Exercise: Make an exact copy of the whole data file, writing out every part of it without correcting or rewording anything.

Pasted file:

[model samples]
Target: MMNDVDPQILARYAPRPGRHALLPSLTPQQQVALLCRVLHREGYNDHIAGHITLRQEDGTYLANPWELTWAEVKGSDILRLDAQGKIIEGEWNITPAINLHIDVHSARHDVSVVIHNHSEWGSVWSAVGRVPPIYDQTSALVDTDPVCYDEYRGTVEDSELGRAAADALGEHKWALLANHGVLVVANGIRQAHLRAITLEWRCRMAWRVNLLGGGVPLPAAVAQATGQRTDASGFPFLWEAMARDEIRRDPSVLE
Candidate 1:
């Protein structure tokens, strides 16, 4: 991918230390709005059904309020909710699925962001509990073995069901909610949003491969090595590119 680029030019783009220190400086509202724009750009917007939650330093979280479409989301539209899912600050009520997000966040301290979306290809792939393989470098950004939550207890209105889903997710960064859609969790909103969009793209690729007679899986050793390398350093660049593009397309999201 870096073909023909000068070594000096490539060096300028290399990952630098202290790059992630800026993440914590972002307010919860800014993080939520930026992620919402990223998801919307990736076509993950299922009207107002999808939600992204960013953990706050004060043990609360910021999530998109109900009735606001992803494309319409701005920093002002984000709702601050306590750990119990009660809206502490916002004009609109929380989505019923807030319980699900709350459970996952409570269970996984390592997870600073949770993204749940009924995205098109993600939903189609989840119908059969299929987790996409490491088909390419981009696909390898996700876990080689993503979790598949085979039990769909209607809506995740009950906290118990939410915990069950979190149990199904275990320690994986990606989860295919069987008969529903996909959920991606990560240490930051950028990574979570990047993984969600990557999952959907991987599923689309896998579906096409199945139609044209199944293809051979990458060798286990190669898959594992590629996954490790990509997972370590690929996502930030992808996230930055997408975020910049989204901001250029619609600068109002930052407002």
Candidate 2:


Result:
[model samples]
Target: MMNDVDPQILARYAPRPGRHALLPSLTPQQQVALLCRVLHREGYNDHIAGHITLRQEDGTYLANPWELTWAEVKGSDILRLDAQGKIIEGEWNITPAINLHIDVHSARHDVSVVIHNHSEWGSVWSAVGRVPPIYDQTSALVDTDPVCYDEYRGTVEDSELGRAAADALGEHKWALLANHGVLVVANGIRQAHLRAITLEWRCRMAWRVNLLGGGVPLPAAVAQATGQRTDASGFPFLWEAMARDEIRRDPSVLE
Candidate 1:
């Protein structure tokens, strides 16, 4: 991918230390709005059904309020909710699925962001509990073995069901909610949003491969090595590119 680029030019783009220190400086509202724009750009917007939650330093979280479409989301539209899912600050009520997000966040301290979306290809792939393989470098950004939550207890209105889903997710960064859609969790909103969009793209690729007679899986050793390398350093660049593009397309999201 870096073909023909000068070594000096490539060096300028290399990952630098202290790059992630800026993440914590972002307010919860800014993080939520930026992620919402990223998801919307990736076509993950299922009207107002999808939600992204960013953990706050004060043990609360910021999530998109109900009735606001992803494309319409701005920093002002984000709702601050306590750990119990009660809206502490916002004009609109929380989505019923807030319980699900709350459970996952409570269970996984390592997870600073949770993204749940009924995205098109993600939903189609989840119908059969299929987790996409490491088909390419981009696909390898996700876990080689993503979790598949085979039990769909209607809506995740009950906290118990939410915990069950979190149990199904275990320690994986990606989860295919069987008969529903996909959920991606990560240490930051950028990574979570990047993984969600990557999952959907991987599923689309896998579906096409199945139609044209199944293809051979990458060798286990190669898959594992590629996954490790990509997972370590690929996502930030992808996230930055997408975020910049989204901001250029619609600068109002930052407002």
Candidate 2: